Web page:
Anyway… all of this is to explain while I am sitting here, writing this, with a medium sized fist of stress and aggravation in my gut.  I’m sad and tired and I feel like my whole body is wrapped around this hard pit of uncertainty that is filling my core.

But the phrase that is coming to mind is “First World Problems.”  Which I usually think of as the stupid little shit that gets us down here in the U.S. and other industrial / tech laden countries.  In the last 24 hours, for instance, I had a number of classing First World Problems that captured more of my attention than they deserved.

I had to get a replacement for a lost driver’s license yesterday, which meant leaving work early to get to the DMV.  After running to my house first because I forgot to bring my passport and then taking a poorly chosen route to the other side of town to the government office, no asked me for a single piece of identification whatsoever.  (Last time, when my license expired, I was made to produce my passport, my birth certificate and two pieces of mail).  Apparently anyone could have walked in and asked for it.

Then the woman told me to sit in the chair for the photo and she started counting to three while I was still standing in front of her.  If I were smart – or at least, not so programed to respect authority… ANY authority – I would have stayed put and let her take a photo of the empty chair while I collected myself.  There wasn’t a single person in line behind me, for God’s sake.  I should have taken a whole 25 seconds and put some lipstick on.  But no, I dove into the chair.  In the photo my hair looks like it is still in motion.  And I look drunk.  Which feels like punishment, because I lost the license at a bar on St. Patrick’s Day.  And now I’m stuck being Drunky Face McBlurryhair until my license expires again in four years.  Or until next St. Patrick’s Day… there is always that.

Then, on the way home, I decided to stop at the wine store to pick up a few magnums for an art show I’m having this weekend.  But as soon as I got back on the freeway, there was a sudden pile-up and I had to slam on my brakes.  I put the bottles on the floor of my passenger side so they wouldn’t fall off the seat, but the force of the car coming to a sudden stop made the bottles hit the dash and one of the magnums broke into about thirty pieces.  Luckily, it was the white and not the red.  Luckily, it was still in the paper sack so cleaning up the broken glass was a small chore.  But still.  An entire magnum (two regular wine bottles worth) of cheap white wine, soaked into the floor of my passenger side.  So now my car is going to smell like the dumpster behind the Twilight Lounge.  For the rest of time.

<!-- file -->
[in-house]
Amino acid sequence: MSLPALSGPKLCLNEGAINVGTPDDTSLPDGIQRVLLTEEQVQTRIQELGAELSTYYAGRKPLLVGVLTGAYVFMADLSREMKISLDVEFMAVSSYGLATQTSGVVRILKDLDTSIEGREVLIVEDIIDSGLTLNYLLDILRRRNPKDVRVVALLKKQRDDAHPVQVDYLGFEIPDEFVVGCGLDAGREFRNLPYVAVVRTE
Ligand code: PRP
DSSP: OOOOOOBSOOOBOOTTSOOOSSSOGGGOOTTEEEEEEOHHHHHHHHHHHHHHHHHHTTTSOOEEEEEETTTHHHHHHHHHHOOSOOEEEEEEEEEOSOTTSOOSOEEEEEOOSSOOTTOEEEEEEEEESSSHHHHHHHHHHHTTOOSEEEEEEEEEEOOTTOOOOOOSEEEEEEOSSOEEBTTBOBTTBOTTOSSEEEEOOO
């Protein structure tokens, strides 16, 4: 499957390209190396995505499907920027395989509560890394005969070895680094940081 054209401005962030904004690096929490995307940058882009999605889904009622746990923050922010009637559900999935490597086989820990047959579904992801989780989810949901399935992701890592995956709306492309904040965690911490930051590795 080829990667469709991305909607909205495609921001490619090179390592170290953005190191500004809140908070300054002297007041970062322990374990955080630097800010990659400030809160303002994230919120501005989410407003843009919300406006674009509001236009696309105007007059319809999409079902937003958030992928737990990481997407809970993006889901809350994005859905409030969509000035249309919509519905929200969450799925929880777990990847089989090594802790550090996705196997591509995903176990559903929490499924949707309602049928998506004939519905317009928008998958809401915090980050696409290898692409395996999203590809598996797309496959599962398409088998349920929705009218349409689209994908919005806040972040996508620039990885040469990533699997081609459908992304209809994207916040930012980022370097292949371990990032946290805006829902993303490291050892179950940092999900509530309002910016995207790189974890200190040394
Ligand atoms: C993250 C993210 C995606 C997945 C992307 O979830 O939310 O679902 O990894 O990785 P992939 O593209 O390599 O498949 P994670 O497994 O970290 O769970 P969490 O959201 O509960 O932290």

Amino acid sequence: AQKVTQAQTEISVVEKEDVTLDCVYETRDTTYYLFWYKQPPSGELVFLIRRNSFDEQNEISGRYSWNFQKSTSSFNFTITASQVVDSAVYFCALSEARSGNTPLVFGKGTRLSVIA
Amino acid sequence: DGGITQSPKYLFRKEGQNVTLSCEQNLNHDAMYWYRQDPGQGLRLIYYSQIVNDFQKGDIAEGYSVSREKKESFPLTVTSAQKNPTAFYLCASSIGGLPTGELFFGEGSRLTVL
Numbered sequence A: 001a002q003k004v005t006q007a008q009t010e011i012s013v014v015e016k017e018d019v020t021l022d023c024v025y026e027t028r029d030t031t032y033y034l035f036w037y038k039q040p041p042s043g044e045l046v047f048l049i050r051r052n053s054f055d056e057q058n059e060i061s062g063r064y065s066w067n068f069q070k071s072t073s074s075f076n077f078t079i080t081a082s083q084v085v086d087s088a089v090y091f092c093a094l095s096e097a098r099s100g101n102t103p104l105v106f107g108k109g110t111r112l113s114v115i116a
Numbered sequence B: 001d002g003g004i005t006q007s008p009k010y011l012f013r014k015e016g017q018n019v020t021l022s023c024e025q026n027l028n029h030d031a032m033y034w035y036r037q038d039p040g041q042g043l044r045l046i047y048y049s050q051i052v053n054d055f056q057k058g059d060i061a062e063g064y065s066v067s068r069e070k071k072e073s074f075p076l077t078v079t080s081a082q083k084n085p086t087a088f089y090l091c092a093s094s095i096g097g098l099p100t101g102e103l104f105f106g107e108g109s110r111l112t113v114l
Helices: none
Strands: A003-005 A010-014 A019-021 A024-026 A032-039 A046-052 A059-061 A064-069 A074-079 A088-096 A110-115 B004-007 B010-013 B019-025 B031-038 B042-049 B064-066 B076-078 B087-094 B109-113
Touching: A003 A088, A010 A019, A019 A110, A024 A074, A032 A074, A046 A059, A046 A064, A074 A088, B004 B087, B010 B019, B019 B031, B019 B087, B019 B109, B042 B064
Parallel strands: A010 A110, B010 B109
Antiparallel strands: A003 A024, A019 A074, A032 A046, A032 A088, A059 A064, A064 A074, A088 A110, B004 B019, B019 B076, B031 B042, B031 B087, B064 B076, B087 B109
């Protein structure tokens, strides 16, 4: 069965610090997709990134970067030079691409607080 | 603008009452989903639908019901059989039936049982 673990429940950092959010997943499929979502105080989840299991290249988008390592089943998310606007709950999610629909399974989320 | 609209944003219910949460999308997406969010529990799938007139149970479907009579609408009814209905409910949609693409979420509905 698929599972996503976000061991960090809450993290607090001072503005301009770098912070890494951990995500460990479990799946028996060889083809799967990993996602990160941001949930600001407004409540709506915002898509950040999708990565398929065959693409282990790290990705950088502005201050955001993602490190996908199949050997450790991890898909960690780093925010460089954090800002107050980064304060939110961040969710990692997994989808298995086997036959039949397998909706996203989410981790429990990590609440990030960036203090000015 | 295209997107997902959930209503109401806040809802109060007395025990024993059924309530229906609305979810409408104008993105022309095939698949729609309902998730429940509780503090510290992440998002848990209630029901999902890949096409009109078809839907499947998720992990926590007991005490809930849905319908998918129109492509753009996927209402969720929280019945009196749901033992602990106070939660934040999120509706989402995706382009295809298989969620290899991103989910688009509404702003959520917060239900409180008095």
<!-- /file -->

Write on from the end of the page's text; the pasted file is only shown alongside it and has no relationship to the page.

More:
These are First World Problems.

But the thing that we don’t say about First World Problems is that sometimes they completely suck and hurt like hell.  Like when you buy a house because it is the best financial decision, according to your research and analysis, and from then on you live in fear that you are going to lose your house, because ‘what if you lose your job?, and can’t find another one, or have to take one that doesn’t cover the payments, or whatever else?’

Or when you take a chance on a relationship, but then he loses his job.  And you’ve only been dating for a year, so what do you do?  Is it completely crazy to consider moving?  It kinda seems crazy.  But things have been going so well, and you were even leaning in and getting vulnerable and telling personal stories under ill-advised circumstances.  What was the point of all of that?

And what if you don’t lose your job, but you are inexplicably the one who keeps her job.  And you don’t love that job, but for a while you experienced a really good working environment with a group of completely rad people who taught you a lot about collaboration and comradre in addition to all the useless things that you have learned from them about making pharmaceuticals.  And you should be relieved but instead you feel guilty and sad.  And more than just a little bit of severance envy.

Not that I am saying that I would rather live in the third world where every day I might face starvation, violence, disease and human trafficking, to name just a few possibilities.  Though now I get to feel guilty as if I said that, because I have, of my own free will, wandered into this dangerous comparison.  And being a proper progressive First Worlder requires me to feel guilty most of the time, anyway.

All I am trying to say is that sometimes I have real First World Problems.  And sometimes they get me down.  And I deal with it by eating food that is bad for me.

Maybe that is what this was all about?  I got sad and went to Crown Burger.  And I ate a cheese burger and about six yams worth of sweet potato fries. And now in the after-shame I’m writing down all of the things that have me low.  To punish myself?  Now THAT is a classic First World Problem material.

New lesson learned.  Maybe don’t write anything down while pre-menstrual?  Or for the next five to seven days, either?  Probably a good idea.

Happy Pi Day

I just got schooled by my little sister. 



Viking Hat

Success!  My nephew likes his new hat.

(Interested crocheters can find the pattern here.)

My Parents Get an iPhone

I got my first message proving that my mom is learning to text.  My world will never be the same again.